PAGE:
Flammulated Owls Are Here
By Scott Rashid,
Director Of CARRI
Several weeks ago Grant Spencer, Susan Rashid and I built several nest boxes for owls and have placed about 40 on private property. The owl nest boxes were constructed originally for Northern Saw-whet Owls. However, we have another small owl that could be using some of those nest boxes now; the Flammulated Owl.
The Flammulated Owl is a small gray owl with dark eyes. In fact it is the smallest owl in North America with dark eyes. All other small owls in North America have yellow eyes. The Flammulated Owl winters south of the U.S. border and then returns to the mountains of the west to breed.
I’ve found Flammulated Owls nesting in RMNP in the past, all of which have been in the cavities of Aspen trees. These little owls most often nest in abandoned Northern Flicker cavities. However, flams will also nest in nest boxes. Flams also breed in similar habitat as do Northern Saw-whet Owl and Northern Pygmy-Owls. Therefore, there is a chance that some of you have these little owls on your property.
The best way to locate a Flammulated Owl is to go out after dark and listen for a series of soft muffled hoots. The call of this owl is usually a single hoot but at times will be a double hoot. Kind of a hoot, or hoot hoot. The male’s voice is lower in pitch than the females and the female often replies with a single higher pitched hoot. The hoots of Flammulated Owls are softer and quieter than those of the Great Horned Owl.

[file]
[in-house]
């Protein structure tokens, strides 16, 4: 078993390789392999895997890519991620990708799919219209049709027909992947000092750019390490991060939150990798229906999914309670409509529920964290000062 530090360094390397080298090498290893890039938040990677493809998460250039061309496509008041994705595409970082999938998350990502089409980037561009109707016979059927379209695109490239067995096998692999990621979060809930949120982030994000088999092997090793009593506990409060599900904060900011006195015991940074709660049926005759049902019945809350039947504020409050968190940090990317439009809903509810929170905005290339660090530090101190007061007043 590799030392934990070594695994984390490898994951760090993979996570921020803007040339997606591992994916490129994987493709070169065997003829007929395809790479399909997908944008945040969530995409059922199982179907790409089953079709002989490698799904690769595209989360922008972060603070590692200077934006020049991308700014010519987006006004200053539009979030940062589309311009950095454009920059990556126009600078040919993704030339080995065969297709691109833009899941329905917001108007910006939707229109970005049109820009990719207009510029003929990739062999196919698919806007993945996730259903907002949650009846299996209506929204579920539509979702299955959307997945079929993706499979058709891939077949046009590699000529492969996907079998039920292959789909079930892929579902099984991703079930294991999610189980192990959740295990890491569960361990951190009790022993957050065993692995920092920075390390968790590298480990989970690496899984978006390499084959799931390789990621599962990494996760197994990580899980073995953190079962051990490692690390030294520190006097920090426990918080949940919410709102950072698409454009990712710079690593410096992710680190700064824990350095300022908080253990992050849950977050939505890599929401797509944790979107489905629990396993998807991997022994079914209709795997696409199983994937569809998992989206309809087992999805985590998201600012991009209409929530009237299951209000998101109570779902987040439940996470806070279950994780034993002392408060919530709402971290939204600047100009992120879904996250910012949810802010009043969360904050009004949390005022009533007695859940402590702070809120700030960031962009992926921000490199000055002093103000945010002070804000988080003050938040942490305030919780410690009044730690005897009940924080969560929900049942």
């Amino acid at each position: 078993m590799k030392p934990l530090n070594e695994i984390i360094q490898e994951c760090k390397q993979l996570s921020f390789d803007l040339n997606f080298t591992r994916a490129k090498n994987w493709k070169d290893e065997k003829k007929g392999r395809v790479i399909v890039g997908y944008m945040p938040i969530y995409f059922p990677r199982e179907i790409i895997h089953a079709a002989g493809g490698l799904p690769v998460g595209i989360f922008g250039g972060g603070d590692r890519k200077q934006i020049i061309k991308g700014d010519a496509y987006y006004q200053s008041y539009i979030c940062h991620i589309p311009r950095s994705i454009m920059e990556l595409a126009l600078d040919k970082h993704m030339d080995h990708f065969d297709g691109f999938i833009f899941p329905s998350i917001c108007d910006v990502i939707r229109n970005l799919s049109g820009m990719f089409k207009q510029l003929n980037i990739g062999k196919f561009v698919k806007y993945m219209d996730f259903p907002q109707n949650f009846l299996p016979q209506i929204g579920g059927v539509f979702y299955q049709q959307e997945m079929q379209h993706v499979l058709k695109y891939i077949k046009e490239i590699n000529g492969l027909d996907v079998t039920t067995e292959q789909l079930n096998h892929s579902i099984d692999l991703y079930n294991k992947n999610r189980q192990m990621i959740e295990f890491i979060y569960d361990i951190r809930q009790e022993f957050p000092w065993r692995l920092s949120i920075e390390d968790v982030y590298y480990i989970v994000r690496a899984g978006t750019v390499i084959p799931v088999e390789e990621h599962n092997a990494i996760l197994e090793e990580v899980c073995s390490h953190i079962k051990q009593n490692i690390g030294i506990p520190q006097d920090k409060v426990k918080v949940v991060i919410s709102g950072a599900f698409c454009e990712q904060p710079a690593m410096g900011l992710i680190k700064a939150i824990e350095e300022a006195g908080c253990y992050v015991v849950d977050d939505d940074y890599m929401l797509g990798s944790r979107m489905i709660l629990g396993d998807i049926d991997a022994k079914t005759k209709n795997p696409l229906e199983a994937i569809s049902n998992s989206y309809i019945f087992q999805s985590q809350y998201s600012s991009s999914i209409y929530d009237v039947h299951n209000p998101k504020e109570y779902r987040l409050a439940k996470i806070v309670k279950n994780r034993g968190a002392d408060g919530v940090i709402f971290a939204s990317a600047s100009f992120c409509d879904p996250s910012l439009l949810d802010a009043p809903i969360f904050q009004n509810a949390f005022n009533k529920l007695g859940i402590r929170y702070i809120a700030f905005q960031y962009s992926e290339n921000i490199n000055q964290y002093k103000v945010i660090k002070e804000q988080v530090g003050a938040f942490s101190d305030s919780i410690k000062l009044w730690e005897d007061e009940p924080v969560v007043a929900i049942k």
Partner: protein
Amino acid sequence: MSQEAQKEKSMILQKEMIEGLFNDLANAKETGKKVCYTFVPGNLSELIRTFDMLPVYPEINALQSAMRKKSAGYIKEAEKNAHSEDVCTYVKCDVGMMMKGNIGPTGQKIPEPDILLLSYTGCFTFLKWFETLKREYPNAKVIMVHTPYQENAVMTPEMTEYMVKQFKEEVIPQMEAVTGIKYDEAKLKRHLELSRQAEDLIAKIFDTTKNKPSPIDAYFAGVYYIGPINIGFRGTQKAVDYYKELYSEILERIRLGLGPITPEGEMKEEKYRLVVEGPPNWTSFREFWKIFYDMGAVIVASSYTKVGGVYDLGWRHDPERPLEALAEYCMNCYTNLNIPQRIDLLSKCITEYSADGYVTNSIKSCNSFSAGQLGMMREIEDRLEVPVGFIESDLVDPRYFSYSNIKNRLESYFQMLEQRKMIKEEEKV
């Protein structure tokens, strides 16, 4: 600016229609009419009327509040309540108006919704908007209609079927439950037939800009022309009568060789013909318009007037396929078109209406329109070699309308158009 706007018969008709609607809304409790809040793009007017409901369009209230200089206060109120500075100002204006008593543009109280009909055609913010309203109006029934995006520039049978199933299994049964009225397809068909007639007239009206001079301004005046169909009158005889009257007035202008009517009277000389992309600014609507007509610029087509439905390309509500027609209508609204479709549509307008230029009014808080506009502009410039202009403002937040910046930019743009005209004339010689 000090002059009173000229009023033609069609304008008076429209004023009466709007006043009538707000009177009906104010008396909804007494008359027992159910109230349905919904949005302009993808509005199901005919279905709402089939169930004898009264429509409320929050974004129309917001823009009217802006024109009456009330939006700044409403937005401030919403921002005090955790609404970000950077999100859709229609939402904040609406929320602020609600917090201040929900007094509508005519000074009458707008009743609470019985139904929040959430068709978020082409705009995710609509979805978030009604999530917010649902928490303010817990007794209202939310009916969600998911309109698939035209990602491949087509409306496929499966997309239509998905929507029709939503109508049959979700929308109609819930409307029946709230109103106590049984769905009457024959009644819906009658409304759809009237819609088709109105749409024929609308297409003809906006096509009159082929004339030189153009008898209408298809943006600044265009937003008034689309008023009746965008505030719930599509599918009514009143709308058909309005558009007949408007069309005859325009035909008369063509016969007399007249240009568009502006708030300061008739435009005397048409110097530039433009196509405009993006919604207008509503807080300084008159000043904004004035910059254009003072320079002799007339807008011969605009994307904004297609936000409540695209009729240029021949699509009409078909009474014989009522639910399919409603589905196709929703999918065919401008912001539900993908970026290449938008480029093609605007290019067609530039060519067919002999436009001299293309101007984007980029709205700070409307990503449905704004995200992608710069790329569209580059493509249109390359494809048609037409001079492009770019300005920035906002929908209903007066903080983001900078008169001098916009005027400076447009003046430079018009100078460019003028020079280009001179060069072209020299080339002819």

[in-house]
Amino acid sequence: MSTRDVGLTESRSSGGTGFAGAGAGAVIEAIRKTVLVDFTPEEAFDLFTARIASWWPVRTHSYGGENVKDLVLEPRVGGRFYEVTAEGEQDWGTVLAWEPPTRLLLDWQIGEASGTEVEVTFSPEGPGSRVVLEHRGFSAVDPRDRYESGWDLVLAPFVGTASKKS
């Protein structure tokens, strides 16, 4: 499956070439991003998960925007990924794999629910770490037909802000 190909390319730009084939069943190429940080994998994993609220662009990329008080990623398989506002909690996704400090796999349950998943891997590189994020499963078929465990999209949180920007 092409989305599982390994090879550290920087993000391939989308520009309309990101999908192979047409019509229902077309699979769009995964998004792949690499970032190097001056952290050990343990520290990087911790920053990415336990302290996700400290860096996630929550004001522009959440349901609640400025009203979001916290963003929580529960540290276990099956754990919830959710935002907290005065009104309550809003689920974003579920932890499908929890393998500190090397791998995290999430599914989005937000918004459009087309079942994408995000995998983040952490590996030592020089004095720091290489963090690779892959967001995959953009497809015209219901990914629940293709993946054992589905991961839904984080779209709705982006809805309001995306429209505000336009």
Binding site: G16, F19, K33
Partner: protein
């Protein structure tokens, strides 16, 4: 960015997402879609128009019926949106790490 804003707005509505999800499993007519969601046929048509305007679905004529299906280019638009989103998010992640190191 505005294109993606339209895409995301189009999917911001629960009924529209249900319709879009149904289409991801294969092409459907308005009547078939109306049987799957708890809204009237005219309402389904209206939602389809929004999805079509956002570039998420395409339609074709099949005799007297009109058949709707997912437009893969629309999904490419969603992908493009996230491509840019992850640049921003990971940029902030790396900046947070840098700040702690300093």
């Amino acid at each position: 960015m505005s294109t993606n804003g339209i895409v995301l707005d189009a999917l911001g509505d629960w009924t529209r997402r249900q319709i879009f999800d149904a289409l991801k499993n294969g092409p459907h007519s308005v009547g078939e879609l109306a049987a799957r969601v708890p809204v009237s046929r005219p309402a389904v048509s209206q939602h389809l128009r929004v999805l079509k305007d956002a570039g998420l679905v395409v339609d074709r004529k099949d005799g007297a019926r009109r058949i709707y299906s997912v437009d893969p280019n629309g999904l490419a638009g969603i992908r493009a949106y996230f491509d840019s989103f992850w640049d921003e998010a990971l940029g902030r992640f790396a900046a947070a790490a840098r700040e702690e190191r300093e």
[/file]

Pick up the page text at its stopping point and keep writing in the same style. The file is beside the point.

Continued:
Flammulated Owls nest here in the mountains and feed primarily on moths that the adults catch in mid air. At this time of year the female Flammulated Owls are incubating their eggs and being fed by their mates. Any unmated males will still be vocalizing to attract a mate.
As the female begins incubating, she will be fed by her mate. The male will be foraging for moths to feed himself and his mate. As the eggs hatch, if there are two young, the male will provide food for the female, who will in turn feed the young within the nest. If there are three or more young, both male and female will provide food for the young.
The young remain within the nest for three weeks or so before they leave (fledge). As the young food beg you can hear a kind of psssssh. This food begging call is reminiscent of the sound made when one opens a soda can.
If there are two young, both will fledge the same evening, just at dark. If there are three or more young, they will fledge over a two to three evening period. The owlets (baby owls) will remain in their juvenile plumage for about four weeks before growing into their adult plumage. These owls remain in the area until mid October when they migrate back to their wintering grounds.
If you have any questions please feel free to contact me at 577-1794 .
As always, your tax deductible donations are welcomed, please mail to CARRI, P.O. Box 3351 Estes Park, CO 80517.